"When I was a kid, airline pilots would let me and my brother go into the cockpit and look at all the controls and stuff and give us little trinkets. Now they have to keep the door closed and locked the whole time."

"A backpack is left at the trolley stop. Someone turns it into lost and found. An hour later the owner comes by and picks it up."

"So 9/11 did exactly what the terrorists wanted it to then. It made us paranoid, afraid, and it sounds like you're saying it made us less confident/adult-like. I don't remember pre-9/11 but it sounds like it was a lot better than now."

"When I was 6 or 7 (so '94 or '95) I flew to visit my grandmother in Florida. One of the stewardesses heard that it was my and my younger brother's first time on the airplane so they took us to see the cockpit and meet the pilots."

"We were much more racist toward Asian Americans, and there was a lot less anti-Muslim bigotry. Also, we didn't like gay people very much (or at all.) When Ellen Degeneres came out, it was a Big Fucking Deal and people thought her career was over."

"Terrorism used to be a category of crime, and not the existential enemy of American culture."

"I may be glorifying things, but "war" actually meant something back then. We've been in a perpetual war since 2001, and no one gives a shit anymore. But the biggest thing, to me, is that I used to be proud of my government."

"I think the big one that I see is the popularization of the village idiot. Once those planes hit, the paranoid and wrong people started gaining the loudest voice. That's when we lost our rights. No matter what the media says or shows, the average person is not terrified of terrorists or even their next-door neighbor. The media used to not focus on this garbage, but once they saw the ratings after 9/11, they went bat-shit crazy and threw up whatever piece of drama they could scrounge up, thus giving the idiots the loudest voice. Then came the politicians you know today..."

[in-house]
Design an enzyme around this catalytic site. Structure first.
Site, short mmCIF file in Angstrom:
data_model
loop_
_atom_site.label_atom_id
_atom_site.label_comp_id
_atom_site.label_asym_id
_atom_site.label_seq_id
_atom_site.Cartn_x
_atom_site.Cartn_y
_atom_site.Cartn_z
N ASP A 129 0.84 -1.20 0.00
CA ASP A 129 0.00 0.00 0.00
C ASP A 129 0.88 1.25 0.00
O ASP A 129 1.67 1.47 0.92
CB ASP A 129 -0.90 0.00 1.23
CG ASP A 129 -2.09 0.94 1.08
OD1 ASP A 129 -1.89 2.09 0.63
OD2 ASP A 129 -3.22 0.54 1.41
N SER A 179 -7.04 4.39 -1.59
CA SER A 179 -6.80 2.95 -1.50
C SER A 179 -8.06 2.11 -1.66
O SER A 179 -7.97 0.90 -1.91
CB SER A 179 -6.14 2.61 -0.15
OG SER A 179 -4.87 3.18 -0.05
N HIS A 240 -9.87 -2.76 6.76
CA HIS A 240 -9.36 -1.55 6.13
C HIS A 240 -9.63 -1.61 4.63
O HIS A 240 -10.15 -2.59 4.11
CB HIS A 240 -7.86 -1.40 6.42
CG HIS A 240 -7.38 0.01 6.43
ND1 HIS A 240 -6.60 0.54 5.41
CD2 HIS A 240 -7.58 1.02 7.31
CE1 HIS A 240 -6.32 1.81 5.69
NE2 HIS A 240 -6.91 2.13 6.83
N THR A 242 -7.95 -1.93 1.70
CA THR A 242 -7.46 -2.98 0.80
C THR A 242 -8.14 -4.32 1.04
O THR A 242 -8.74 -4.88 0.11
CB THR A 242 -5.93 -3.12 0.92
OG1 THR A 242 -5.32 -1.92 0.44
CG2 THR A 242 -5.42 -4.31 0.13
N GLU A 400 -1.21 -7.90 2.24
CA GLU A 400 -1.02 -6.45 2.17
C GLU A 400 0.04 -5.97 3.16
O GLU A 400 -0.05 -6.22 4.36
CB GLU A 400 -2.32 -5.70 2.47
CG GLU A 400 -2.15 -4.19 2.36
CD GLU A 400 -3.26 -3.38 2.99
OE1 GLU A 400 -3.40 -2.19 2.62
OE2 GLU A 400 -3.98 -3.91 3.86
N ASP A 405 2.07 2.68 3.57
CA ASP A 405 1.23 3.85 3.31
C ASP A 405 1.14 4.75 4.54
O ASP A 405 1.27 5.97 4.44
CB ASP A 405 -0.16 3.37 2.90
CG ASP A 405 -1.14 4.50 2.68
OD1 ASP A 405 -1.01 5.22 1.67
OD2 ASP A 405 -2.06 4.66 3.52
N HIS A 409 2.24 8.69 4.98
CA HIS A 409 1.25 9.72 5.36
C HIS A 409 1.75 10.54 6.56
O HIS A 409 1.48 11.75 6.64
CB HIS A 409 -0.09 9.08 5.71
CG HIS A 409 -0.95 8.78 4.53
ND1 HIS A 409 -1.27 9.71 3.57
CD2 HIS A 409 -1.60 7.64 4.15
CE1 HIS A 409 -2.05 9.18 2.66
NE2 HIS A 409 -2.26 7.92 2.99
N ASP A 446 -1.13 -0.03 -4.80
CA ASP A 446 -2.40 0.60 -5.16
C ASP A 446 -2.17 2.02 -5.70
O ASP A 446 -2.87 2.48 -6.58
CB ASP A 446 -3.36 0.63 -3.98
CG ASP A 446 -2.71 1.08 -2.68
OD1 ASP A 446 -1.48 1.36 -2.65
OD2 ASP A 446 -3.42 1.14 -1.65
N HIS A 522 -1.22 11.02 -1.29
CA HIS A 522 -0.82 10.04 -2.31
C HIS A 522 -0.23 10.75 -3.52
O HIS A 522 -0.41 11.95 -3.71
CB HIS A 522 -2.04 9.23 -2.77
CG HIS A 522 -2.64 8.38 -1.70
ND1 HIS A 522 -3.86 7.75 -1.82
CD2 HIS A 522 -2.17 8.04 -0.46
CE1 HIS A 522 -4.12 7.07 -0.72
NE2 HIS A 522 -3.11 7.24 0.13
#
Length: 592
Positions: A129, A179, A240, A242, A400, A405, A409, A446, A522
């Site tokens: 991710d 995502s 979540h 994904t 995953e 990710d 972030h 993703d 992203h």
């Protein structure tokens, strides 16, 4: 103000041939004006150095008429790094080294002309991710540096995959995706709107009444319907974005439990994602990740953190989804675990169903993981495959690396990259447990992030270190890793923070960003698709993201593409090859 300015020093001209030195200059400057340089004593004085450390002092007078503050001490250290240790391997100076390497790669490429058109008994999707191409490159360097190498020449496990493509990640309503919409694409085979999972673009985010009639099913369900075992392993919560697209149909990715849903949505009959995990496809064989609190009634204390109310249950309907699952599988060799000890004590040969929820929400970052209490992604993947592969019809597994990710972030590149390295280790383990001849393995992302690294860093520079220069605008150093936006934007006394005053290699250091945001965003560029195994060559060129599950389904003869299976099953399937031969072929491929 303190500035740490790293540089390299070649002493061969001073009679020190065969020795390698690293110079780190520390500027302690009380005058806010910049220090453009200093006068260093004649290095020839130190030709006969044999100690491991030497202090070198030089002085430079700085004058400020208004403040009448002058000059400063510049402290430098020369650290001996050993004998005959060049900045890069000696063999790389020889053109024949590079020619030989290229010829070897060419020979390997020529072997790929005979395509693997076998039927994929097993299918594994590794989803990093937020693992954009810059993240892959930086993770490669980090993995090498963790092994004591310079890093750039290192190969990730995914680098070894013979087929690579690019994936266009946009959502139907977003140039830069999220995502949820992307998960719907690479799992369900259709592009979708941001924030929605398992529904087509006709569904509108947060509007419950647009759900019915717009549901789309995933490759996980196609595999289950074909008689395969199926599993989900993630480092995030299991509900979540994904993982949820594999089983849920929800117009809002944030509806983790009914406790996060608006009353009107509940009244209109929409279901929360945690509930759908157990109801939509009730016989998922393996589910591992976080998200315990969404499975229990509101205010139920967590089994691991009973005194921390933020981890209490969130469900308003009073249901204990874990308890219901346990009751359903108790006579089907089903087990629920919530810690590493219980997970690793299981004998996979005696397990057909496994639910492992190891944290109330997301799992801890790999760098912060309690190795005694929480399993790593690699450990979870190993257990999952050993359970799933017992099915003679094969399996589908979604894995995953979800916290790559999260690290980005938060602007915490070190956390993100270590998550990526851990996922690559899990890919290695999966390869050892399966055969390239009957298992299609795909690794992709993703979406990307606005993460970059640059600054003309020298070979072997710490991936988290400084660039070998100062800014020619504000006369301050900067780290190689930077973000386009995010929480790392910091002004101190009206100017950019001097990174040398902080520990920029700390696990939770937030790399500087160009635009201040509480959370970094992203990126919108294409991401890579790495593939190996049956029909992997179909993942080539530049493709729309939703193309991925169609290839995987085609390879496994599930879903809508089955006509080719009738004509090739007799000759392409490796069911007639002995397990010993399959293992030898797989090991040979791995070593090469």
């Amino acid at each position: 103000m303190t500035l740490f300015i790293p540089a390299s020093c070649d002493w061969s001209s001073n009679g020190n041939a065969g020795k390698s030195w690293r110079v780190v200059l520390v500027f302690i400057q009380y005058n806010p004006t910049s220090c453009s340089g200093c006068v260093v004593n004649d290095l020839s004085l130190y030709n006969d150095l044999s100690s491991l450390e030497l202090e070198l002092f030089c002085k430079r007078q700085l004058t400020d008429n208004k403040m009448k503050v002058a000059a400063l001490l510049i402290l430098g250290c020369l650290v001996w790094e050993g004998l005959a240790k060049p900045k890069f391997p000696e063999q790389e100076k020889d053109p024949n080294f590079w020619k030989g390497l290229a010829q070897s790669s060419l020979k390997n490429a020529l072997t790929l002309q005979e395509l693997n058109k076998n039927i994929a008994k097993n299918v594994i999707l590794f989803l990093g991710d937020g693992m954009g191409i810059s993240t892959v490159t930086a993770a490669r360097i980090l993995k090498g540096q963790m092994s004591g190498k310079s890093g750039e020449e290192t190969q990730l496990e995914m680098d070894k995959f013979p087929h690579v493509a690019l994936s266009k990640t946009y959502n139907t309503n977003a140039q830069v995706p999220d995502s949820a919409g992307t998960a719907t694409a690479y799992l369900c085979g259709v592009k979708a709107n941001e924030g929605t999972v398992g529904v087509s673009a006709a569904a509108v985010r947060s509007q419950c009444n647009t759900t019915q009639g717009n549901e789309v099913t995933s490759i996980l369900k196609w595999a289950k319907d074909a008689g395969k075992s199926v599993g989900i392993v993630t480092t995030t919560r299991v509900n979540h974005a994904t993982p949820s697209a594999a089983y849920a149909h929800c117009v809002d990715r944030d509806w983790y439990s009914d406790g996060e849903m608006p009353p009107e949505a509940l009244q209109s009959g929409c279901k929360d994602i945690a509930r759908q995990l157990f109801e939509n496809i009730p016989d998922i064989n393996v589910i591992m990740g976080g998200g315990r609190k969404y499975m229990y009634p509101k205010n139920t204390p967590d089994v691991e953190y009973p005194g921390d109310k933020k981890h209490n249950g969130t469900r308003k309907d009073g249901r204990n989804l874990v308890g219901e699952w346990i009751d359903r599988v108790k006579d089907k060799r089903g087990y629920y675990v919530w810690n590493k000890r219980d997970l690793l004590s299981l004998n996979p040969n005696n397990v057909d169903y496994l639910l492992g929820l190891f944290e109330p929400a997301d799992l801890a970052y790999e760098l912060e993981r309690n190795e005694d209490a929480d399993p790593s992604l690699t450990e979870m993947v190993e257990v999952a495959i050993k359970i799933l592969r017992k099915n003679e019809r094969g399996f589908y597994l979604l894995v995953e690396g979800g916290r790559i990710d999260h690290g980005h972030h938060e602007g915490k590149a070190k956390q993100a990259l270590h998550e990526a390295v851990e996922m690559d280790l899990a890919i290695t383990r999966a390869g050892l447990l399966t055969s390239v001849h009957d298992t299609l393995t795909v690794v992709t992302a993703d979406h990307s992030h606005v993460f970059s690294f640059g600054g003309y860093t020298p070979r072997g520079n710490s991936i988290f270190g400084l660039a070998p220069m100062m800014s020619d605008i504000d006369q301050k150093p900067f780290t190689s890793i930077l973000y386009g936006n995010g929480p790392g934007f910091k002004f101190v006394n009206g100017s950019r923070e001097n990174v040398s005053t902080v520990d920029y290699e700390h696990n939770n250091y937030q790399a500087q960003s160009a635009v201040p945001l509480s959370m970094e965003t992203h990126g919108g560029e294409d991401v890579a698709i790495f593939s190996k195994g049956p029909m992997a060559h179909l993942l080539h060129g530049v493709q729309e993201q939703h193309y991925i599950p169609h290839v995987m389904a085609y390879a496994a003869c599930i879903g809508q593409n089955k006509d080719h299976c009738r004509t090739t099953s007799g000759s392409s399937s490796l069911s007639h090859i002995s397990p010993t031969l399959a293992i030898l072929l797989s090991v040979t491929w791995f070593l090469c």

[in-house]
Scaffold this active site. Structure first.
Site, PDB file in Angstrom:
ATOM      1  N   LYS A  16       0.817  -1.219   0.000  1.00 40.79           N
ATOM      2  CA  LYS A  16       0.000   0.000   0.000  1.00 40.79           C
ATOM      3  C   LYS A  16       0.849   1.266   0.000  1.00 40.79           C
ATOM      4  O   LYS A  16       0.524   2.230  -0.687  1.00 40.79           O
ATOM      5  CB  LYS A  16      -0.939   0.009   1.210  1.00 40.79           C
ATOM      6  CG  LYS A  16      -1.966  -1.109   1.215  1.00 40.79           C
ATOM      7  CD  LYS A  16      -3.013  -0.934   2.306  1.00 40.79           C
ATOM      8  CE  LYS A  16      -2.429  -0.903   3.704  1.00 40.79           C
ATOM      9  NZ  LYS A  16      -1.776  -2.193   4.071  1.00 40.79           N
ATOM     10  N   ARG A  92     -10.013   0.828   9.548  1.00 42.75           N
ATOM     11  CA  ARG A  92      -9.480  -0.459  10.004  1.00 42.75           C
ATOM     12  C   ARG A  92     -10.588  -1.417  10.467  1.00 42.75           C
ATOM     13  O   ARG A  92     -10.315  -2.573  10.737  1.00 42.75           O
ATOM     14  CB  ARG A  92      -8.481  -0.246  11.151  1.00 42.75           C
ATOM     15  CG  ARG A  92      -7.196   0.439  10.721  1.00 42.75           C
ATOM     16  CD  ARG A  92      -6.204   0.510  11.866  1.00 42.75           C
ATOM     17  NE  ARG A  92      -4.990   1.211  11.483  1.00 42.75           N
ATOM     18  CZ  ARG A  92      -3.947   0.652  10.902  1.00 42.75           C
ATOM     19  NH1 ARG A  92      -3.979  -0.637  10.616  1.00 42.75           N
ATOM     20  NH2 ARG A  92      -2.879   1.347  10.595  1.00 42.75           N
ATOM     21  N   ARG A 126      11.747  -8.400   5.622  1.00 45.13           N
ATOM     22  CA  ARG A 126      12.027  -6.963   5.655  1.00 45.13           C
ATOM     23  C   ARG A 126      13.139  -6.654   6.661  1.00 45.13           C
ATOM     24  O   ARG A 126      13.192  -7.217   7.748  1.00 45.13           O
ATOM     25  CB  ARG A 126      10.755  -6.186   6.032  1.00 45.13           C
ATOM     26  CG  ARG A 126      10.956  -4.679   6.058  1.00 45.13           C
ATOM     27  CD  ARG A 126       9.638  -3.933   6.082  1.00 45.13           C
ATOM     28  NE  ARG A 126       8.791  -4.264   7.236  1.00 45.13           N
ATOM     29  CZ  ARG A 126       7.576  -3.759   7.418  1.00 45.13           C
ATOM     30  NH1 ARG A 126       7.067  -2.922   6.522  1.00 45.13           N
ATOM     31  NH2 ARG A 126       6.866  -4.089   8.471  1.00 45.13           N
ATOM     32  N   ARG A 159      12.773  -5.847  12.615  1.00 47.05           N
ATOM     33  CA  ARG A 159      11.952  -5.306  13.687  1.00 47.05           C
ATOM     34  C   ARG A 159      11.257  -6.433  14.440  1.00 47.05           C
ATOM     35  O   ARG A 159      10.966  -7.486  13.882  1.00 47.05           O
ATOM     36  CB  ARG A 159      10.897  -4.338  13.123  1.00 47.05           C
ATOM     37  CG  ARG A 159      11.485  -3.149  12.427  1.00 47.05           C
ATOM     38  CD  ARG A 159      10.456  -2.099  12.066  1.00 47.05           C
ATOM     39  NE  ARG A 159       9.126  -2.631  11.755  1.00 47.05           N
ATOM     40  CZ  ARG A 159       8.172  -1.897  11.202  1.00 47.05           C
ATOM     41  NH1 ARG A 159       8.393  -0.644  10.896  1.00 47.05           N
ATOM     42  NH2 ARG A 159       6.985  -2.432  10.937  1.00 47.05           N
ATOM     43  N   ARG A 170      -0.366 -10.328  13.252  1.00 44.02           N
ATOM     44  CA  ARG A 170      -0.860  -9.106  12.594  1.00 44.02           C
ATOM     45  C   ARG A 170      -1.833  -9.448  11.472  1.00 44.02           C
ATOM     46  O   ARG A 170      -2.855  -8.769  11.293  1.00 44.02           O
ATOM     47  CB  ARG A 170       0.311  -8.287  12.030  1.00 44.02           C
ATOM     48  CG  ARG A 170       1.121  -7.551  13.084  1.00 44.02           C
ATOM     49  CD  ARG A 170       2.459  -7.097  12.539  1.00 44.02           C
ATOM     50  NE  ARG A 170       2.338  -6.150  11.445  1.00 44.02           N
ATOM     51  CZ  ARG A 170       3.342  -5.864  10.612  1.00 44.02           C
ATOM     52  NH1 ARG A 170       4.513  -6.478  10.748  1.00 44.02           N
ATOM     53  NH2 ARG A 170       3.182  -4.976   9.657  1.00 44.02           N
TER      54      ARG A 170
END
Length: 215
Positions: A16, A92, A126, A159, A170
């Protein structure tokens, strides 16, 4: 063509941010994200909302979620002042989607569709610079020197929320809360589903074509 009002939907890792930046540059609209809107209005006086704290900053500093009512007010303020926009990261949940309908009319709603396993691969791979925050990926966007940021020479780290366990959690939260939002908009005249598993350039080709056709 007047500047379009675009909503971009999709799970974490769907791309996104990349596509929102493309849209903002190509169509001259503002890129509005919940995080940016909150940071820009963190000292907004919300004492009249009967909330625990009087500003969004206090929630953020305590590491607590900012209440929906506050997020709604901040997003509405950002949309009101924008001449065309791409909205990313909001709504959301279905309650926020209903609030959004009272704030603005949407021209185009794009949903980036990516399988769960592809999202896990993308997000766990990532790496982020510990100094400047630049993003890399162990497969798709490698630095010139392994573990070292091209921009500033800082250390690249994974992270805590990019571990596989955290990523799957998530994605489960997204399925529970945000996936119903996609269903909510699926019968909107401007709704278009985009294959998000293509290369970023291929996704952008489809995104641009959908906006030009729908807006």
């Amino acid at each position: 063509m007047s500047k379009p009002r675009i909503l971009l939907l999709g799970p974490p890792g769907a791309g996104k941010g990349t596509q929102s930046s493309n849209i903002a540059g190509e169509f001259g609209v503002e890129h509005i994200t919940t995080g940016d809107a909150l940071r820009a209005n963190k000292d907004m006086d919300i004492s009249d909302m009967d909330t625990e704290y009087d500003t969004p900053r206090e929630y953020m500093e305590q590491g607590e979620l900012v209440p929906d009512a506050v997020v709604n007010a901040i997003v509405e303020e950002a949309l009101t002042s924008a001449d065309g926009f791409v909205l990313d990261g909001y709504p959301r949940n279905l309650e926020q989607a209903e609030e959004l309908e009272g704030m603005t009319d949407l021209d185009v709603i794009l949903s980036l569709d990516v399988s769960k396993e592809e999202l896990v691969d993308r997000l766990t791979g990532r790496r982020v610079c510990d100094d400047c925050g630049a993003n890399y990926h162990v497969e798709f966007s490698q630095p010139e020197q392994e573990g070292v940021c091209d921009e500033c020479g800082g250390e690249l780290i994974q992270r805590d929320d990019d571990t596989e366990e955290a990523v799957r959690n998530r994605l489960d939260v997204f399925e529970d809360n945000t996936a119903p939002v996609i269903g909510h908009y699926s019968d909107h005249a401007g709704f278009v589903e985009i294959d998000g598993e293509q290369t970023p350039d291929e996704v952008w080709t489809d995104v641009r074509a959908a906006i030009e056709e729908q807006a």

"24 hour news channels really got popular after 9/11 too. I think that was already starting to happen after Bush got elected, but personally, I never watched any 24 hour news channels before 9/11."

"Calling someone a terrorist is uncomfortably close to pointing and screaming 'Witch!' these days."

"9/11 was the event fear mongers needed to put more and more conservative policies in to place."

"Well nobody ever called me a "Sandnigger" before 9/11. That was nice."

"There used to be this awesome pool hall in my city run by a really nice Pakistani family. It was clean and well maintained, never empty but always had at least few tables free. Whenever my dad had me on weekends we would go there, dump change in the jukebox and shoot pool for hours. They were always open no matter what holiday it was and they were just so darn nice. A month or so after 9/11, we went to shoot pool and the whole building was boarded up with graffiti all over it saying "sand niggers go home!" They never reopened and most of the family moved back to Pakistan. Real ashamed of my city for that one."

"Summer of 2000: $0.85 gallon gas where I lived."

"Post 9-11 - paranoia, loss of innocence, neo-patriotism, social conservatism."

Copyright © 2014, Lara Mulady. All rights reserved.